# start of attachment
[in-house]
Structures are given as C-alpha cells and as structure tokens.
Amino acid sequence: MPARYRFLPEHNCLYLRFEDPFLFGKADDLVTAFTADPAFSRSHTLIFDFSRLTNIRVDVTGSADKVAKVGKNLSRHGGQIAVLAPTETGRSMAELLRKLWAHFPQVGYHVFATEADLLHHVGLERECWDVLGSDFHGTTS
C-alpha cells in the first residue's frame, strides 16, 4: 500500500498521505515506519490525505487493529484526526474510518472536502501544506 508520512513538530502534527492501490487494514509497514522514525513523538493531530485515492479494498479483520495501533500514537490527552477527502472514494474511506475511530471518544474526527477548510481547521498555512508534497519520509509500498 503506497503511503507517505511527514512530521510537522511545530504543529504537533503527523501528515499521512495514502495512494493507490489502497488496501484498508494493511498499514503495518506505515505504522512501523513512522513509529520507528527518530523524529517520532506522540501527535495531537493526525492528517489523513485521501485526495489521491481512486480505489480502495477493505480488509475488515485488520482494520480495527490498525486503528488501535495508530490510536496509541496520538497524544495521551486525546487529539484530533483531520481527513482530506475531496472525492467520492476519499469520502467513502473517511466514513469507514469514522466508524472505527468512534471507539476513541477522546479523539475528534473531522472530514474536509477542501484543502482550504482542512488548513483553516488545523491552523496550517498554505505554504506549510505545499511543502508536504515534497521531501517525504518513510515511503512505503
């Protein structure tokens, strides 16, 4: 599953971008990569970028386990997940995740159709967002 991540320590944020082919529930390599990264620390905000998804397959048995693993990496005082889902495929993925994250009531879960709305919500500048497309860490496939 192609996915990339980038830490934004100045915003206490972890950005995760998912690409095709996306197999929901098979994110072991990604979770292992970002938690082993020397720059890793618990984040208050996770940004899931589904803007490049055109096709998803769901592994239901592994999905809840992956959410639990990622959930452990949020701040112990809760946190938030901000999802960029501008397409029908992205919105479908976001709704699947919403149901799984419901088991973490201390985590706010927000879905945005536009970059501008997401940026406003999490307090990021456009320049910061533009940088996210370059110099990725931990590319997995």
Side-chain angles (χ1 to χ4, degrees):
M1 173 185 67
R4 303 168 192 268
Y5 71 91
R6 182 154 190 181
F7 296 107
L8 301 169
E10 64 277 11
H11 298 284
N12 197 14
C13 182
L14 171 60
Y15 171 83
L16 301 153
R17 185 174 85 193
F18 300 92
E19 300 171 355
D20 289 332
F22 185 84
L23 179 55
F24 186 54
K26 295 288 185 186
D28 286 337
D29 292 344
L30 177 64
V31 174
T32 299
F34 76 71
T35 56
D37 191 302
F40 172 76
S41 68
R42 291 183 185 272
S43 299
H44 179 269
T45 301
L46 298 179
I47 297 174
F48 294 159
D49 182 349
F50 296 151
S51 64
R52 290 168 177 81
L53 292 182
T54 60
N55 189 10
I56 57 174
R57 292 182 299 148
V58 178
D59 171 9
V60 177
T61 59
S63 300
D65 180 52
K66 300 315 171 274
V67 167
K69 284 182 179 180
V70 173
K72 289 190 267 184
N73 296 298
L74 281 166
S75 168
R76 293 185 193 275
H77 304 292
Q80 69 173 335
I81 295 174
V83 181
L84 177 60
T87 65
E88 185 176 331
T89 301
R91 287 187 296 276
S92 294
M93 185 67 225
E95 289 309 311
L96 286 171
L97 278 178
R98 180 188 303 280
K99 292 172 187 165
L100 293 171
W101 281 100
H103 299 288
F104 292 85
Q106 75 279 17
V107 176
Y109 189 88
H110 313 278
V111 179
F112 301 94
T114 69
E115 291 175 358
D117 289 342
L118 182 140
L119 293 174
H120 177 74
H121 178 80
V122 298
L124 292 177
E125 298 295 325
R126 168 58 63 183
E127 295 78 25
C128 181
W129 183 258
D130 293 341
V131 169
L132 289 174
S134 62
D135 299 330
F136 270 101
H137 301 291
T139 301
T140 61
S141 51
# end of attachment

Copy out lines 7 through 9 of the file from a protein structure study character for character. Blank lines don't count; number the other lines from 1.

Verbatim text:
M1 173 185 67
R4 303 168 192 268
Y5 71 91